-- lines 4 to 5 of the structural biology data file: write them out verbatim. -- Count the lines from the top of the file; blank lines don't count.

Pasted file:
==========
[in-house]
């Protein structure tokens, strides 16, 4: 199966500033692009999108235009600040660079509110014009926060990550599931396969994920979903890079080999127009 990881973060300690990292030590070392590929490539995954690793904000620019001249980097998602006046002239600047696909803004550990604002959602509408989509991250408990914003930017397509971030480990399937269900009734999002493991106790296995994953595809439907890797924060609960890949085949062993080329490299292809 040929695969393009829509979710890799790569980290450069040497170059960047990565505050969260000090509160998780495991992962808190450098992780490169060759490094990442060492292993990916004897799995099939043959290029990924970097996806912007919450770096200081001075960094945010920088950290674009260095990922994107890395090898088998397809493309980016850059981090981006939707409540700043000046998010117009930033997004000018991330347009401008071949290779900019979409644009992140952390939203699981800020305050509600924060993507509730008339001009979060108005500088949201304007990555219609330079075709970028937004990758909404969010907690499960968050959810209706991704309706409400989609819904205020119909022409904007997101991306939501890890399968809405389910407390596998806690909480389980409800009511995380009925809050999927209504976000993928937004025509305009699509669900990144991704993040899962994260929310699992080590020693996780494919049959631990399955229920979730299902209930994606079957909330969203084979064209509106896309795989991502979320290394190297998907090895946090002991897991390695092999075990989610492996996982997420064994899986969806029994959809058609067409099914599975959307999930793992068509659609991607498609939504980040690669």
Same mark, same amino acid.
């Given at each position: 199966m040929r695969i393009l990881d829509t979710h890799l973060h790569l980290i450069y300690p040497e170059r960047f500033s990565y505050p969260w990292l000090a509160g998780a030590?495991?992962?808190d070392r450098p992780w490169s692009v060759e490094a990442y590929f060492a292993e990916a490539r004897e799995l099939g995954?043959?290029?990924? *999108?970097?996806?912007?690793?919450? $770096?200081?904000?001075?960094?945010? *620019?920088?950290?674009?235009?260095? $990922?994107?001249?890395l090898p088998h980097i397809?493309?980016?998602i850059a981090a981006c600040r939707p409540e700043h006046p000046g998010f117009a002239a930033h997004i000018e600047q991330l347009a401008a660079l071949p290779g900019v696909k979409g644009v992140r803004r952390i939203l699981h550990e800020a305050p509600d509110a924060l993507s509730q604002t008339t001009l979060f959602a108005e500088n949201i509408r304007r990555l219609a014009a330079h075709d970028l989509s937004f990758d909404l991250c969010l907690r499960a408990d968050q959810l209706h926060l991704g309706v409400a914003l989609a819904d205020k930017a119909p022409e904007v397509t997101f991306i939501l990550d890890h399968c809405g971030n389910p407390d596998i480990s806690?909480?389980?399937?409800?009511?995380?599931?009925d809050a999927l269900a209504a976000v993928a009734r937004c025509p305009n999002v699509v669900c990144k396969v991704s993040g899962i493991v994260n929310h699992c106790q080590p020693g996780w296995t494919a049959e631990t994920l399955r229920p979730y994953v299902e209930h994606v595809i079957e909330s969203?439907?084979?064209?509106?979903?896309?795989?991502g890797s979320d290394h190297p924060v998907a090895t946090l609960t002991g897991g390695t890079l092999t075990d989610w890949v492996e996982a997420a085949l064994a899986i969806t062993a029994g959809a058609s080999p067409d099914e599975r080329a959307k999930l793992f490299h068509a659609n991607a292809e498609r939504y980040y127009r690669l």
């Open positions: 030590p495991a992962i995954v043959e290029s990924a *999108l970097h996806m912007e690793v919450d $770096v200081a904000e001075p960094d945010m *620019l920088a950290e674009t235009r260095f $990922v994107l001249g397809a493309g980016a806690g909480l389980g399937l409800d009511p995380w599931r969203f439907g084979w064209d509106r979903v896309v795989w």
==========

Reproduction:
């Given at each position: 199966m040929r695969i393009l990881d829509t979710h890799l973060h790569l980290i450069y300690p040497e170059r960047f500033s990565y505050p969260w990292l000090a509160g998780a030590?495991?992962?808190d070392r450098p992780w490169s692009v060759e490094a990442y590929f060492a292993e990916a490539r004897e799995l099939g995954?043959?290029?990924? *999108?970097?996806?912007?690793?919450? $770096?200081?904000?001075?960094?945010? *620019?920088?950290?674009?235009?260095? $990922?994107?001249?890395l090898p088998h980097i397809?493309?980016?998602i850059a981090a981006c600040r939707p409540e700043h006046p000046g998010f117009a002239a930033h997004i000018e600047q991330l347009a401008a660079l071949p290779g900019v696909k979409g644009v992140r803004r952390i939203l699981h550990e800020a305050p509600d509110a924060l993507s509730q604002t008339t001009l979060f959602a108005e500088n949201i509408r304007r990555l219609a014009a330079h075709d970028l989509s937004f990758d909404l991250c969010l907690r499960a408990d968050q959810l209706h926060l991704g309706v409400a914003l989609a819904d205020k930017a119909p022409e904007v397509t997101f991306i939501l990550d890890h399968c809405g971030n389910p407390d596998i480990s806690?909480?389980?399937?409800?009511?995380?599931?009925d809050a999927l269900a209504a976000v993928a009734r937004c025509p305009n999002v699509v669900c990144k396969v991704s993040g899962i493991v994260n929310h699992c106790q080590p020693g996780w296995t494919a049959e631990t994920l399955r229920p979730y994953v299902e209930h994606v595809i079957e909330s969203?439907?084979?064209?509106?979903?896309?795989?991502g890797s979320d290394h190297p924060v998907a090895t946090l609960t002991g897991g390695t890079l092999t075990d989610w890949v492996e996982a997420a085949l064994a899986i969806t062993a029994g959809a058609s080999p067409d099914e599975r080329a959307k999930l793992f490299h068509a659609n991607a292809e498609r939504y980040y127009r690669l």
């Open positions: 030590p495991a992962i995954v043959e290029s990924a *999108l970097h996806m912007e690793v919450d $770096v200081a904000e001075p960094d945010m *620019l920088a950290e674009t235009r260095f $990922v994107l001249g397809a493309g980016a806690g909480l389980g399937l409800d009511p995380w599931r969203f439907g084979w064209d509106r979903v896309v795989w």